Putting this into context, organisations consider 51% of their data as ‘High Priority’ versus ‘Normal’. An hour of downtime from a High Priority application is estimated to cost $67,651, while this number is $61,642 for a Normal application. With such a balance between High Priority and Normal in percentages and impact costs, it’s clear that “all data matters” and that downtime is intolerable anywhere within today’s environments.

DX and the Cloud

Enterprises know they must continue to make progress with their IT modernisation and DX initiatives in order to meet new industry challenges, and according to this report’s feedback, the most defining aspects of a modern data protection strategy all hinge upon utilisation of various cloud-based capabilities: Organisations’ ability to do disaster recovery (DR) via a cloud service (54%), the ability to move workloads from on-premises to cloud follows (50%), and the ability to move workloads from one cloud to another (48%). Half of businesses recognise that cloud has a pivotal part to play in today’s data protection strategy; and it will most likely become even more important in the future. For a truly modernised data protection plan, a company needs a comprehensive solution that supports cloud, virtual and physical data management for any application and any data across any cloud.

Allan said, “By already starting to modernise their infrastructures in 2020, organisations expect to continue their DX journey and increase their cloud use. Legacy solutions were intended to protect data in physical data centres in the past, but they’re so outdated and complex that they cost more money, time, resources and trouble than realised. Modern protection, such as Veeam’s Cloud Data Management solutions, go far beyond backup.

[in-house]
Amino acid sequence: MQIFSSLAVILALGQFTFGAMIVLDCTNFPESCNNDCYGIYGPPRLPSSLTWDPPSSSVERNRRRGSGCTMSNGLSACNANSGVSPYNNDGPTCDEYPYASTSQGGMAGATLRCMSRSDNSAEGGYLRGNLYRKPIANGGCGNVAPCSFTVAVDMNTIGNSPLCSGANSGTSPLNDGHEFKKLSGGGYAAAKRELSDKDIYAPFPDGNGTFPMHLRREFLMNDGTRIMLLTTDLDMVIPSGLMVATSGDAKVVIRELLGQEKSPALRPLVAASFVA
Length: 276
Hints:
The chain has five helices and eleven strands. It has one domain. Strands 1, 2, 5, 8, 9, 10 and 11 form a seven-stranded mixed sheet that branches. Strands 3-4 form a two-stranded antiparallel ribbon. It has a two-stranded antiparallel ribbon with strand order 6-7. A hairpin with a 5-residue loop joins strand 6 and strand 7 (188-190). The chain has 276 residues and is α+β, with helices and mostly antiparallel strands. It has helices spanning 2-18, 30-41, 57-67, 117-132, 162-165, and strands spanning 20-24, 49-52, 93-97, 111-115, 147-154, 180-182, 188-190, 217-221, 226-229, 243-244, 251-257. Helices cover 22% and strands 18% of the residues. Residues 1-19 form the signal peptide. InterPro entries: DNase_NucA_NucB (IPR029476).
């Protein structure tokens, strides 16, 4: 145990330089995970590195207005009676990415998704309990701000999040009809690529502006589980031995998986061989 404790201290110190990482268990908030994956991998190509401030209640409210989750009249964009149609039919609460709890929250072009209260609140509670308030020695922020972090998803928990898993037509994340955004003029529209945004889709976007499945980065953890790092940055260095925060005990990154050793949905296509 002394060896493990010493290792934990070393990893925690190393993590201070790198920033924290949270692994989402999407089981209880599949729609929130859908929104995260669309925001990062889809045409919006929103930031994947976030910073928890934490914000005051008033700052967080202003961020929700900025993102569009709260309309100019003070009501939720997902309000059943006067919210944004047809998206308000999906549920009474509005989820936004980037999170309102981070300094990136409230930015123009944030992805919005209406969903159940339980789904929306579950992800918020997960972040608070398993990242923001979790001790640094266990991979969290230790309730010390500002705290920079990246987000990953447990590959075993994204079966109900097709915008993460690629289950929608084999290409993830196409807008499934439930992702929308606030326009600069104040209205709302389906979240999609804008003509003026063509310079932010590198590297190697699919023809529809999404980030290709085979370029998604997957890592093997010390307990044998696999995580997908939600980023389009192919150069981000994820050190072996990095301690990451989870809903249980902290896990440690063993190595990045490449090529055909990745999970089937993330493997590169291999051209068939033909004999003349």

“Cloud Data Management provides a simple, flexible and reliable solution that saves costs and resources so they can be repurposed for future development. Data protection can no longer be tied to on-premises, physically-dedicated environments and companies must have flexible licensing options to easily move to a hybrid/multi cloud environment.”

Claude Schuck, Regional Manager, Middle East at Veeam said, “According to the Veeam 2020 Data Protection Trends Report, Middle East and African organisations would be well advised to focus on staff training and development as well as on IT modernization to accelerate Digital Transformation.

According to Schuck, although organisations in the Middle East spend a lot of budget on security technologies in general, there is still a considerable discrepancy when it comes to planning and implementing a data protection policy.

He concludes, “Regional IT decision-makers need to have a consistent action plan in place which includes important measures like stress testing of IT systems, regular backups, a disaster recovery plan and educating employees.”